Now we bring this to 2018, and think about the fact that we are no different than the twelve apostles when it comes to bragging and fussing over who is the best, brightest and greatest. We have better ways to do it, too. The Internet, social media, phones, etc. all give us great opportunities to display our “greatness.” Beware, though, and be reminded of what Jesus said, what makes someone great in Jesus’ eyes is 180 degrees in the opposite direction from what the world says is great.

There is a time for self-promotion in the workplace. There is a time to showcase your work, skill and ideas, but keep in mind about what Jesus said in this passage. You can get so caught up in that “one-up-man-ship” that you lose sight of what greatness really is. Many times your work will speak for itself (Proverbs 22:29). As an example, God exalted Joseph in the presence of Potiphar, Joseph’s character and work was his testimony.

Take a good look at a little child today, maybe your son or daughter or grandchild, and remember that’s where the greatness is in Jesus’ eyes.

Do you not yet understand? Part 2

Last Monday, we observed several occasions in the gospel accounts when the disciples did not understand the sayings of Jesus. Several reasons are given to us in the Scriptures as to why they did not understand. They are the same reasons we do not understand today.

In Luke 24, we see the word “opened” used 3 times. I heard a sermon by Andy Cantrell where he pointed this out, and it is very helpful to look at how the word “opened” is used in Luke 24.

And their eyes were opened, and they recognized him. And he vanished from their sight.
(Luke 24:31)

They said to each other, “Did not our hearts burn within us while he talked to us on the road, while he opened to us the Scriptures?”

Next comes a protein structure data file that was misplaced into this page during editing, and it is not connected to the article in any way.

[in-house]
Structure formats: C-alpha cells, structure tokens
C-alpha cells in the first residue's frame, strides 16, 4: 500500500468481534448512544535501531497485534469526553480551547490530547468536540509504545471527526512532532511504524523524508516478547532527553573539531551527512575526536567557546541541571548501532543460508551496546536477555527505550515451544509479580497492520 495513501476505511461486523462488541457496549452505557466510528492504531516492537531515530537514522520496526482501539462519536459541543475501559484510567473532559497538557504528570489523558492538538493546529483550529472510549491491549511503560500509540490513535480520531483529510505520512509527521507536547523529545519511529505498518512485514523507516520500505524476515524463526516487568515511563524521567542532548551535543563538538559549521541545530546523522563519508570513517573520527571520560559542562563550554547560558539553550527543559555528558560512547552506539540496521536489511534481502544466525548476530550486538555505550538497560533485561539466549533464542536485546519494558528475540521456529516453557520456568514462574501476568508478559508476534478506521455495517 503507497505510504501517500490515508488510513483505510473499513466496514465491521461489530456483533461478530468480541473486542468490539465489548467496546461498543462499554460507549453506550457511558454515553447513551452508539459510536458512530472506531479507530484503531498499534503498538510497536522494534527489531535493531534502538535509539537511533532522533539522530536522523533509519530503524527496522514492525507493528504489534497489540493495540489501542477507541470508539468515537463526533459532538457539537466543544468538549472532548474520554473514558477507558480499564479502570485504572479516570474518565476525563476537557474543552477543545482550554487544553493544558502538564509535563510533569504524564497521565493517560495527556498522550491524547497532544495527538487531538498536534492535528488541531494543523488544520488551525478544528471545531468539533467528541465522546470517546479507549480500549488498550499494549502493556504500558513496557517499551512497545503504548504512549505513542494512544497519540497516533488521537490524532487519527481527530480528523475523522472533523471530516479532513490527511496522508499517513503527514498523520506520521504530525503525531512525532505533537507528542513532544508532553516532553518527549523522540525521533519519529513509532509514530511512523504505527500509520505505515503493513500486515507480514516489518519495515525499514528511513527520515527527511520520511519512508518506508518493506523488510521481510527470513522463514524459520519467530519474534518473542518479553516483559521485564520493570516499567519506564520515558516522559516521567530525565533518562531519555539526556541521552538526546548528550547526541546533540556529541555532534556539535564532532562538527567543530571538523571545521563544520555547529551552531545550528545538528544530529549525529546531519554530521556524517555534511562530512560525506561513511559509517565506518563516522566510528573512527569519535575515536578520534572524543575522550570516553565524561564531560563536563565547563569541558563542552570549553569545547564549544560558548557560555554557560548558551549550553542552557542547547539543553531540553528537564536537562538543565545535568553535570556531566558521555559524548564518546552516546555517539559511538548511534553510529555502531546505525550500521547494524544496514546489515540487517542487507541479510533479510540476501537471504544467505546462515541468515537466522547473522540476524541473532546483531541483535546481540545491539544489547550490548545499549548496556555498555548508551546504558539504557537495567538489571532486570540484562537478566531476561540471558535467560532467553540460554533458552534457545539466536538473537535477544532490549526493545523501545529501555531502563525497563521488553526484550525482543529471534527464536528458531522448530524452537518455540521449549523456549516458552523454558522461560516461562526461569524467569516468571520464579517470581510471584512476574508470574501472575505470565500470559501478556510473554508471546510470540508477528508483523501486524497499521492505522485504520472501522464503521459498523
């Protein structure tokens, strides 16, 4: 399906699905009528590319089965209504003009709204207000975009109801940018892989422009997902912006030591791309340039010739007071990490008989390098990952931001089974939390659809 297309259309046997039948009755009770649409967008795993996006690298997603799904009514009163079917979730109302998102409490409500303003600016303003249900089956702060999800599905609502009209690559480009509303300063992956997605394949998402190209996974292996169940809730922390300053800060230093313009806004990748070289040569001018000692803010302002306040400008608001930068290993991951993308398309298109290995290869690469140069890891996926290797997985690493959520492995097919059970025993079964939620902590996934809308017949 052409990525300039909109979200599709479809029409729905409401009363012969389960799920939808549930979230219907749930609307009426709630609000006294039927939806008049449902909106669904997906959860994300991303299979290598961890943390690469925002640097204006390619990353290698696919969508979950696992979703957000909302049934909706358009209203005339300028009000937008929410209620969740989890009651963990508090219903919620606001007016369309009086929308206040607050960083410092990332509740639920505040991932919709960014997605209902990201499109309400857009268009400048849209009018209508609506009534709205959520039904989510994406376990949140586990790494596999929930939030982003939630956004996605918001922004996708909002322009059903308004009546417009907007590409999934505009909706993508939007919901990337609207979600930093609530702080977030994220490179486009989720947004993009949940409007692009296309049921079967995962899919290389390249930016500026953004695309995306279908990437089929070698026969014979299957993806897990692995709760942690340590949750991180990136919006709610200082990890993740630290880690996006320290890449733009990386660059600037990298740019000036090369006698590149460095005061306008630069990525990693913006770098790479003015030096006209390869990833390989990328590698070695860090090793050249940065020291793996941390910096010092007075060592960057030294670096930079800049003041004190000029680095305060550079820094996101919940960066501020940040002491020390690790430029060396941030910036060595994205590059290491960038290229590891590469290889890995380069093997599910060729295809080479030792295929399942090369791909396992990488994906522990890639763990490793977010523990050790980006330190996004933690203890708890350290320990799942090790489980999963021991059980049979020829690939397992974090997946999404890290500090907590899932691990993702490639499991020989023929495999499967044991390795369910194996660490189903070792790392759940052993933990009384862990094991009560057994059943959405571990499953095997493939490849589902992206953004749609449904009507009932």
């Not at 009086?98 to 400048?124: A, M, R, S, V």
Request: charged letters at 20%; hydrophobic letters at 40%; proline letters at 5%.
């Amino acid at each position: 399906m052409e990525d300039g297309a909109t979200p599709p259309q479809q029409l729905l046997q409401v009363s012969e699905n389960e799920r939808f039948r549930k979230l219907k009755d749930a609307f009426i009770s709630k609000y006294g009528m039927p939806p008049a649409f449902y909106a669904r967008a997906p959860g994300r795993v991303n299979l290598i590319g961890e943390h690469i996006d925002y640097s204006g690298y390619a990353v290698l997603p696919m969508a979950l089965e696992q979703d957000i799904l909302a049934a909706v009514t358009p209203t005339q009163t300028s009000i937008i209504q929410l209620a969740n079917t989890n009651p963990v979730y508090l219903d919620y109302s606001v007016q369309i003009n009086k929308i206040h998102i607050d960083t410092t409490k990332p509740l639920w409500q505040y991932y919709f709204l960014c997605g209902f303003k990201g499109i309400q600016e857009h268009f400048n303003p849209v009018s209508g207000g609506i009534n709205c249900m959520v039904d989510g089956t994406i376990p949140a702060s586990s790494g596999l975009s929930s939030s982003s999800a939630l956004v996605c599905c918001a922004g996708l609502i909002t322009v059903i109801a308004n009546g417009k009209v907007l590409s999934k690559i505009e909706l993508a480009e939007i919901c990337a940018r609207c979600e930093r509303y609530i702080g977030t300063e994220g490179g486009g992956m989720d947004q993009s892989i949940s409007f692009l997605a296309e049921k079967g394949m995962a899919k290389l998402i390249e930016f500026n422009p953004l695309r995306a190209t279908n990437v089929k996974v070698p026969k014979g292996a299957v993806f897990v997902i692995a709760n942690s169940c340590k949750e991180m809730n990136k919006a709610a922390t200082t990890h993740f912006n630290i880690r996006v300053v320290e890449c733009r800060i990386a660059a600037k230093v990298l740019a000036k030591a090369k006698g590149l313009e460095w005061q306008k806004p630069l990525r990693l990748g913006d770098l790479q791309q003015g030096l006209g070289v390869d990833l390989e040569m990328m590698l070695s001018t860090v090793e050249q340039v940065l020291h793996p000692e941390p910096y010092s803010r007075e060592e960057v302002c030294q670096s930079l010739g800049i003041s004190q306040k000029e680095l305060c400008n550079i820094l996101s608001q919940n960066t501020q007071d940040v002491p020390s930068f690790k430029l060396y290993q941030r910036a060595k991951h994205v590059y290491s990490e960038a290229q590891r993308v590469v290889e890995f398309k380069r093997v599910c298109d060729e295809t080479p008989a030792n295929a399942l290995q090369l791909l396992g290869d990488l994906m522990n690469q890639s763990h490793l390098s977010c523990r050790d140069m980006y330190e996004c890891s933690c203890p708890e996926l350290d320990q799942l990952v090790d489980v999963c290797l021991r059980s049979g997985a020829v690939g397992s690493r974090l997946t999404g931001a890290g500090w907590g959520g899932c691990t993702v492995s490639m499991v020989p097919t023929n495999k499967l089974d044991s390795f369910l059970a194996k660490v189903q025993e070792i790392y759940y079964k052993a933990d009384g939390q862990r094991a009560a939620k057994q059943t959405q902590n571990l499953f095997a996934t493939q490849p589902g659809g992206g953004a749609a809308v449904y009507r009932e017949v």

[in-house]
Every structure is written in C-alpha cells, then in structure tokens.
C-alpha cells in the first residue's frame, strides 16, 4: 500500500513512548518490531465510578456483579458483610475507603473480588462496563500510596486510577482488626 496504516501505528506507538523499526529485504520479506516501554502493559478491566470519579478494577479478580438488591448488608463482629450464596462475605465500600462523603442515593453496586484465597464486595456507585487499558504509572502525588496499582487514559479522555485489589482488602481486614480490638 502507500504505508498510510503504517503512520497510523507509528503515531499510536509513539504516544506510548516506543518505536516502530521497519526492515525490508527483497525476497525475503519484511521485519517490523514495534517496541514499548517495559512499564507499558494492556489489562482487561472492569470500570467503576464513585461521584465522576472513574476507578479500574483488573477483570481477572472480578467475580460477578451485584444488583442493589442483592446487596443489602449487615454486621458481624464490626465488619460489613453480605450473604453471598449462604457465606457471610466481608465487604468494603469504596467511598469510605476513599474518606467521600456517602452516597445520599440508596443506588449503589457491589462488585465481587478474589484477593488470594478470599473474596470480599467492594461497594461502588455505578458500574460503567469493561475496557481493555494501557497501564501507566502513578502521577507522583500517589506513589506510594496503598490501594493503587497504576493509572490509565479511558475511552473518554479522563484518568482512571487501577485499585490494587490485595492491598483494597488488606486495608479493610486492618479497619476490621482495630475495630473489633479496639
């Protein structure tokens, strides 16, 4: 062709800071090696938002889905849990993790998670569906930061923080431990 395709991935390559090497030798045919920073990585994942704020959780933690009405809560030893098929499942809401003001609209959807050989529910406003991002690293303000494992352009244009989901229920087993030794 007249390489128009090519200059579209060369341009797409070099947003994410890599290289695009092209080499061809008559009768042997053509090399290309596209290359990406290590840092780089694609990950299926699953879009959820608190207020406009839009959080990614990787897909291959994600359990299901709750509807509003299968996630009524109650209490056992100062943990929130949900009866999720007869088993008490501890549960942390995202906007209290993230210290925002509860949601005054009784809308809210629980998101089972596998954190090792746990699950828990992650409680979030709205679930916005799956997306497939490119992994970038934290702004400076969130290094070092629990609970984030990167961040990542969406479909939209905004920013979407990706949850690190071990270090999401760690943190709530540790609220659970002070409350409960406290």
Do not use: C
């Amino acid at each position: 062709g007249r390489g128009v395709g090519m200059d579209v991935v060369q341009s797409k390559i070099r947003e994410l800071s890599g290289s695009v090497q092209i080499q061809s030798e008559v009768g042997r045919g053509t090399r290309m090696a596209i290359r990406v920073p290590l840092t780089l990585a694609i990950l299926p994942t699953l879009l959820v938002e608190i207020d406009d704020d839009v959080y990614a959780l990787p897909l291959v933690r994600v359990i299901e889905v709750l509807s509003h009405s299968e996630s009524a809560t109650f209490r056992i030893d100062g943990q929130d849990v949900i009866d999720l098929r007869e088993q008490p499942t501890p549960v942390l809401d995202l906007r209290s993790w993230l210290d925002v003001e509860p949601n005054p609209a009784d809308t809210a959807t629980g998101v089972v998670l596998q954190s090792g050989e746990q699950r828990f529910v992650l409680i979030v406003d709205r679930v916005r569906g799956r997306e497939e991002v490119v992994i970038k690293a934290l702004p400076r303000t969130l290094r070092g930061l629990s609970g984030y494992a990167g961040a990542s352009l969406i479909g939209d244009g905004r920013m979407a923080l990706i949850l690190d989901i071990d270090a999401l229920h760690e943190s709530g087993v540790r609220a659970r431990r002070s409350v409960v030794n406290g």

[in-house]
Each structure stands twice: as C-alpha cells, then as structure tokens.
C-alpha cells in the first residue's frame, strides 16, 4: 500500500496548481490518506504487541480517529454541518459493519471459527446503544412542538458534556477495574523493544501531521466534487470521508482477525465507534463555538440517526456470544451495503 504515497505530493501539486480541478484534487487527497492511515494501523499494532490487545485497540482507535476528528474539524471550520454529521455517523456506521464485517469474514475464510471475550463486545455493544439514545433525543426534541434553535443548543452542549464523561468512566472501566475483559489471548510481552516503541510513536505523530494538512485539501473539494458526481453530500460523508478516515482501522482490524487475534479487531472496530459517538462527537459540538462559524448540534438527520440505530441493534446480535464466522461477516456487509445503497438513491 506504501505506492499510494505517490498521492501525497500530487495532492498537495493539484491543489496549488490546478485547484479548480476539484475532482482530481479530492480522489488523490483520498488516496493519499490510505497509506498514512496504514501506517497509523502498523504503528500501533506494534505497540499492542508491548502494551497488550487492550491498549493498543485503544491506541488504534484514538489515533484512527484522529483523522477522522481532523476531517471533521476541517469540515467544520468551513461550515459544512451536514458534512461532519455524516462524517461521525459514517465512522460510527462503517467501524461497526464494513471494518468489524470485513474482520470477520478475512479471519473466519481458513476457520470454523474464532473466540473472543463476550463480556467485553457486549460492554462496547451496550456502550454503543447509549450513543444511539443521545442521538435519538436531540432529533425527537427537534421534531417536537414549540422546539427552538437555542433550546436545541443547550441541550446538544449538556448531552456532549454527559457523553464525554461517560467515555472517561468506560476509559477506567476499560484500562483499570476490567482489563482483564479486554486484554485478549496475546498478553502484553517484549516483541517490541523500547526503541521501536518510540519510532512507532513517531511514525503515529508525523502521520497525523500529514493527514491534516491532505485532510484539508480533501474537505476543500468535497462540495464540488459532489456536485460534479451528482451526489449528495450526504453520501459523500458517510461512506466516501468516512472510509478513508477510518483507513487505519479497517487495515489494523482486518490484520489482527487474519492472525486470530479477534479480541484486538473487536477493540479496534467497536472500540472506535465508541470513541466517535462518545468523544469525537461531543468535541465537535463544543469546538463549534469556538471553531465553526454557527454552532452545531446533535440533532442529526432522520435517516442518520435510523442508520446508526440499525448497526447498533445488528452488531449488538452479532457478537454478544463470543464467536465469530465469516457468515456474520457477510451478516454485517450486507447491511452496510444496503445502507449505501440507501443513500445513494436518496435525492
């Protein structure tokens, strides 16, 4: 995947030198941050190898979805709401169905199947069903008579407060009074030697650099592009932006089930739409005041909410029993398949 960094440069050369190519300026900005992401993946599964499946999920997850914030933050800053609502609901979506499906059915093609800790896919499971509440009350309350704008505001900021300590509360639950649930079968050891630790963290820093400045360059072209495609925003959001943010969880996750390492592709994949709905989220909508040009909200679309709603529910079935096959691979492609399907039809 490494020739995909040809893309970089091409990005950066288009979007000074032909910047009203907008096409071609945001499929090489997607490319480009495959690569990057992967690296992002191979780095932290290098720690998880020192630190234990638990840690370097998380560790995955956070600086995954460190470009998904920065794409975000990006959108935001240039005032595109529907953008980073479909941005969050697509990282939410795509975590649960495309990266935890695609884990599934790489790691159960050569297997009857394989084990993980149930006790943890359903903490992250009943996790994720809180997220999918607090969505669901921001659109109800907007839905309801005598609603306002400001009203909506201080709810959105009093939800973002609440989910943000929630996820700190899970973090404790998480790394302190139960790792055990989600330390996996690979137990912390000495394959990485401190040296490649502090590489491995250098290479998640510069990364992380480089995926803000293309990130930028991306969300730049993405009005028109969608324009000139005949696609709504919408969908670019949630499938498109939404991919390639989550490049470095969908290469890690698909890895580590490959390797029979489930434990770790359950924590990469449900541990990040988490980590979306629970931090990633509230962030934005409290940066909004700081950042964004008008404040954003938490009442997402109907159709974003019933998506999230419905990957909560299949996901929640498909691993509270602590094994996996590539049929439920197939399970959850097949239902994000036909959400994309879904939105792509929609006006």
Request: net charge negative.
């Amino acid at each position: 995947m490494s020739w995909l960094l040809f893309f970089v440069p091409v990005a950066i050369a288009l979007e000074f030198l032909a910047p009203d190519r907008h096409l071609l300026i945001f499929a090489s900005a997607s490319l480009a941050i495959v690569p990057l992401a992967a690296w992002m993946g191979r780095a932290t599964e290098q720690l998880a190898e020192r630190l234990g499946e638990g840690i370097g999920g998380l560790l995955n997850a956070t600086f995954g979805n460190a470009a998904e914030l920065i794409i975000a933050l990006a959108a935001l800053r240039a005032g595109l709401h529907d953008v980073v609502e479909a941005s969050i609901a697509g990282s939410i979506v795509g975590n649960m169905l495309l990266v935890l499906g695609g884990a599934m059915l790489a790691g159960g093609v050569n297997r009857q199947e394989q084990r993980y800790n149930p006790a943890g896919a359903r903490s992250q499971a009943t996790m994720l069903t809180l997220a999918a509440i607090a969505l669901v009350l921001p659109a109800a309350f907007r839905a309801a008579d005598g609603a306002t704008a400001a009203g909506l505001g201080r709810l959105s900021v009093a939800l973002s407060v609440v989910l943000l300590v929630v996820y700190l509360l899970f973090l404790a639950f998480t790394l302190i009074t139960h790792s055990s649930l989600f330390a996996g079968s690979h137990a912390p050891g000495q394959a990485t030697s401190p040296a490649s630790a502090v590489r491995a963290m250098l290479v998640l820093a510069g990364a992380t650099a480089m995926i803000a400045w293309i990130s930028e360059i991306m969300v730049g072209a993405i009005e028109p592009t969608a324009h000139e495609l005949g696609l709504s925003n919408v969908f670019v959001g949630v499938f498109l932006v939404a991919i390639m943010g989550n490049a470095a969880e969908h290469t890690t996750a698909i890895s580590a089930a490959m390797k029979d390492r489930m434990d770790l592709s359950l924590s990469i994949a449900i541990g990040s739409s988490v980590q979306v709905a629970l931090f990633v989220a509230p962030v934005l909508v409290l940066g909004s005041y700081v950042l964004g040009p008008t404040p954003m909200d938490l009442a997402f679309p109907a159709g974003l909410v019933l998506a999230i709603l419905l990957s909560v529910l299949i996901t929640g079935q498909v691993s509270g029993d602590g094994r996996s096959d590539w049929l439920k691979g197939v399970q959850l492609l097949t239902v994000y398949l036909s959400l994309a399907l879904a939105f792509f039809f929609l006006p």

(Luke 24:32)

Then he opened their minds to understand the Scriptures,
(Luke 24:45)

Jesus opened their eyes. He opened their minds. And He opened the Scriptures to them. It was then they understood! The power to understand came from Jesus.

In all of this, as we seek to understand God’s word and the truths therein, we must go to the power of God first to help us understand. Remember that the Holy Spirit is given to each Christian, and He is working within us as well. We have our part, which is to be humble, to pray, to seek, to ask, to be diligent in our studies, and to be vulnerable enough to ask others for guidance (2 Timothy 2:15; Luke 11:8-13). Also be patient with yourself and remind yourself of the grace God is already giving you.

It seems that there are two extremes when folks discuss the topic of understanding God’s word. One extreme is that my understanding of the Word is all God’s power and God’s part, and unless I have some special anointing I won’t even be able to understand the simplest truth. It takes all responsibility away from me. The other extreme is that understanding the word is all my part, and that God is not working in me at all as I try to understand His word. It takes away the power of God working in the inner man. Both extremes are un-Biblical. I have my part (James 1:21-22), God does His (James 1:5,17-18).

We need to “find out what is pleasing to God” (Ephesians 5:10), and that happens when we “read” what has been given through the Holy Spirit to us (Ephesians 3:4). But do not forget that God is working within you, and He helps both to desire and to do what He asks us.

Therefore, my beloved, as you have always obeyed, not as in my presence only, but now much more in my absence, work out your own salvation with fear and trembling (YOUR PART); for it is God who works in you both to will and to do for His good pleasure (GOD’S PART).
(Philippians 2:12-13)

Do you not yet understand? Part 1

And Jesus, aware of this, said to them, “Why are you discussing the fact that you have no bread? Do you not yet perceive or understand? Are your hearts hardened? Having eyes do you not see, and having ears do you not hear? And do you not remember? When I broke the five loaves for the five thousand, how many baskets full of broken pieces did you take up?” They said to him, “Twelve.” “And the seven for the four thousand, how many baskets full of broken pieces did you take up?” And they said to him, “Seven.” And he said to them, “Do you not yet understand?”
(Mark 8:17-21)